As children, we are all encouraged to be artists. No child’s book bag is complete without crayons, and kindergarten days are punctuated with nap times and watercolor paints. However, as we grow, the emphasis on our creative expression fades. Art becomes only a realm for the technically skilled. We are encouraged to focus on our future career prospects, and the pleasures of artistic creation appear as frivolous time-wasters. 

Birth of Shame

My earliest memory of art shame comes from second grade. Tasked with painting a toucan in the exact manner of the guest teacher, I failed miserably. My toucan’s bill was misshapen, the eye looked more like an amoeba than the signature marble. The instructor ended the class by highlighting the best young artists in the class. Unchosen, I sulked in the car seat of my dad’s Volvo, lamenting my perceived failure. 

Once in high school, I attempted once more to dip my toes into the waters of creation. The “art girl” trend was in full force, and I began to assimilate myself to the growing culture of Kånken backpacks filled with markers and acrylics. Although I had re-instigated my interest in art for rather vain reasons, I soon became enraptured by all things creative. I took courses in art history and painting, determined I would soon learn the technical skills I so desperately yearned for. My after school routine became concrete; my parent’s oak coffee table became my easel as I spent hours eating microwavable lentils and putting paint to canvas. The pent up energy I felt from hours at a desk exploded onto my canvas, as did the rising tension that tainted my home life.

Growth and Creation

During this time, I began therapy. After reaching a breaking point, I had finally gathered the courage to ask my parents for help. From breathing exercises to mindfulness, I gained skills to help me deal with the overwhelming emotions I felt. However, the most important lesson was that of art as therapy. 

My mother didn’t like my paintings after this change. I switched my focus. Gone were my sorry attempts at replicating impressionists and the old masters; instead, my room became filled with grotesque and contorted faces, crying women, and depictions of Catholic art style suffering. Unlike that which was depicted in my creations, I felt liberated. I felt like Dorian Gray; the more upsetting my paintings became, the better I felt. In visualizing and replicating my emotions, I felt them flow away from me. It served as a separation from myself. I found that releasing my pain was easier when it could be viewed outside the confines of my mind.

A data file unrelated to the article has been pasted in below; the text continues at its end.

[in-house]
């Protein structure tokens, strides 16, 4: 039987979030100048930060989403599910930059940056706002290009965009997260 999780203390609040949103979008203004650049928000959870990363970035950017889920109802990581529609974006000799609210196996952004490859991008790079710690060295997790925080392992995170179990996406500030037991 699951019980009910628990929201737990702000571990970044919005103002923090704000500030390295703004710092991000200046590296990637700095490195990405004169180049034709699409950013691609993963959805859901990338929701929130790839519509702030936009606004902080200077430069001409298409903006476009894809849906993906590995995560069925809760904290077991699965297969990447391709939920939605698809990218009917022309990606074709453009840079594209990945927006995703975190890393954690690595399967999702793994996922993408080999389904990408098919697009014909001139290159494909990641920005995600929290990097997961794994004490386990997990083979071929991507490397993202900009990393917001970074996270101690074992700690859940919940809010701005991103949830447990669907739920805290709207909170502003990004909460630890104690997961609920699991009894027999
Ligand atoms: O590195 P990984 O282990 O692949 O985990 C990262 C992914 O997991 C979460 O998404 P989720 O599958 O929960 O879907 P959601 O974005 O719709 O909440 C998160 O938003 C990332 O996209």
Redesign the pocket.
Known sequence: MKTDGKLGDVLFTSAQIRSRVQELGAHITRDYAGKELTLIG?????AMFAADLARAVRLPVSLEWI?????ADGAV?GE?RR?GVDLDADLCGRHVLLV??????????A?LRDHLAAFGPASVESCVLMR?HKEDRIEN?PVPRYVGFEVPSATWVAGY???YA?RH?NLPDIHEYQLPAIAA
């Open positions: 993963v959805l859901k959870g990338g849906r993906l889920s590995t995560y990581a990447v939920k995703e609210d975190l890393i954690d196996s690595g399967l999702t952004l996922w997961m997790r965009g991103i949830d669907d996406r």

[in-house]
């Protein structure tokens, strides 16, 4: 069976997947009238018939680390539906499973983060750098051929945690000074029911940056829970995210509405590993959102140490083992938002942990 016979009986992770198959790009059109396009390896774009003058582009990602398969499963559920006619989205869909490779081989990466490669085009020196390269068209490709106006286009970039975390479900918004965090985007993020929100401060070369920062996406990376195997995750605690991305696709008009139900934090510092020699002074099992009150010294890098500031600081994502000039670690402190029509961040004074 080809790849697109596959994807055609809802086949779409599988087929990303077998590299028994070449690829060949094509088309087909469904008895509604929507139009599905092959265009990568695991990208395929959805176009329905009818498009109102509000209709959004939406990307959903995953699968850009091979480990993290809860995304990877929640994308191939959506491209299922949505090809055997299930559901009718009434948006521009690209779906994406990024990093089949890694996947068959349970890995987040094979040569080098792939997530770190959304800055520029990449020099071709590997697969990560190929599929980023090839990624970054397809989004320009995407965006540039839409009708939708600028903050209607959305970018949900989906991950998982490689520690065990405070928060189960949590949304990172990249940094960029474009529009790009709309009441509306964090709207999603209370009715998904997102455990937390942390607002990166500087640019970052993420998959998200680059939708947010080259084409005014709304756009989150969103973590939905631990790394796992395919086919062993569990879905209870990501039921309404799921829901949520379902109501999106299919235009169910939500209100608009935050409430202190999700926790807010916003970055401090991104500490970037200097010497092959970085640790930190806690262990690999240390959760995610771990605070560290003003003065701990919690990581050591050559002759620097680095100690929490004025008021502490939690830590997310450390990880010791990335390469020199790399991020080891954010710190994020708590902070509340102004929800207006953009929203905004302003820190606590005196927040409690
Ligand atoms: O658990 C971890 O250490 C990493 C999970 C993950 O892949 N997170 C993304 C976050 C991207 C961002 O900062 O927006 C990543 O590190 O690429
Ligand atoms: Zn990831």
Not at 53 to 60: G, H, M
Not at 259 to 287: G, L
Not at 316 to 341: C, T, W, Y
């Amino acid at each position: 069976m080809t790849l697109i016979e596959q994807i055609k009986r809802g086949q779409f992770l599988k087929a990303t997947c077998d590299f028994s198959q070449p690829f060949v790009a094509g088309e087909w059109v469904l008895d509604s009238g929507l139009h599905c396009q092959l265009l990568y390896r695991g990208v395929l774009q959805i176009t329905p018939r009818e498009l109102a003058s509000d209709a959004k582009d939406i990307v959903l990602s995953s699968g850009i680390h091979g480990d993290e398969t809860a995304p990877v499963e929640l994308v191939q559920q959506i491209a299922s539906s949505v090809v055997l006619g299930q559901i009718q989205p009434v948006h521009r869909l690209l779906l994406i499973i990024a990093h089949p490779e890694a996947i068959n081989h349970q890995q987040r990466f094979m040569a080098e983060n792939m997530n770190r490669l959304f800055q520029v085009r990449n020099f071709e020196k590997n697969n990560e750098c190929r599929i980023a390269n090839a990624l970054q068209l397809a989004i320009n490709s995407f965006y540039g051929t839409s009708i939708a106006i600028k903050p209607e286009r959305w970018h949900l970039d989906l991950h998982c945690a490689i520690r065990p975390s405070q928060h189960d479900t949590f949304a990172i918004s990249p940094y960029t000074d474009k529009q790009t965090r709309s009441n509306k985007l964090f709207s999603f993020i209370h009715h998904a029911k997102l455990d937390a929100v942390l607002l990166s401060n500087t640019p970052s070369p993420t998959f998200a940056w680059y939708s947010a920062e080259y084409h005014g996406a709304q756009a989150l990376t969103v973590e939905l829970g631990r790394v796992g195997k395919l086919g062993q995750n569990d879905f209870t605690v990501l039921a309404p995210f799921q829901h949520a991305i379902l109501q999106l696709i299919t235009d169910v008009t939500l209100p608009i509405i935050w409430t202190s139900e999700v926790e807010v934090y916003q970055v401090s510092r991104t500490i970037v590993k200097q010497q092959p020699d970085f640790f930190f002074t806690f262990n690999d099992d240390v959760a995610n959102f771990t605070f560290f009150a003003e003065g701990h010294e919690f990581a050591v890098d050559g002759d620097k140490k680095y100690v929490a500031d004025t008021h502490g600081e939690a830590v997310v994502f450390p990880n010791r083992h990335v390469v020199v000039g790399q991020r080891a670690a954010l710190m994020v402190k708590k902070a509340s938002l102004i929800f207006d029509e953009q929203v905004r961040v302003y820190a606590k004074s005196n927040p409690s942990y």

I forgot my love of art once I became entrenched in college work. No longer could I put off homework in favor of painting, and art supply costs add up when supporting oneself. I soon deemed it a waste of time. I “knew” I could never be a working artist, and I was conditioned to believe that art for art’s sake was the stuff of hopeless dreamers. My frustrations and anxieties piled up, and soon began to seep to the surface. 

Painting for the Soul

Quarantine has been challenging. It did not exclude me. My mental health deteriorated, and without insurance, I found myself coping alone. But, a surprise trip to Michael’s inspired a spark within me. I once again see the benefits of “silly” art; it destroys the pain, while creating something new. 

I still struggle with art shame and find myself discouraged by my own preconceived notions of what art is and what it is meant for. Society conditions us to see art, like many other things, as a trade. Why waste our precious hours making something no one wants to buy? As I grow more comfortable with my own abilities, I have come to realize the healing properties of art, detached from monetary value. Art and creation should be valued for how they impact you, not purely how they impact the rest of the world. 

Many stand surely by the statement “I can’t draw”; given a marker, they shuffle away, afraid of the possible ridicule. If you relate to this, I encourage you: go create. Even if you have no plans, no fancy supplies, no idea of where to start- just try. Let your mind wander, and your hand move. It may be surprising.

Read also:
PTSD: My Recurring Nightmare
I Will Shrink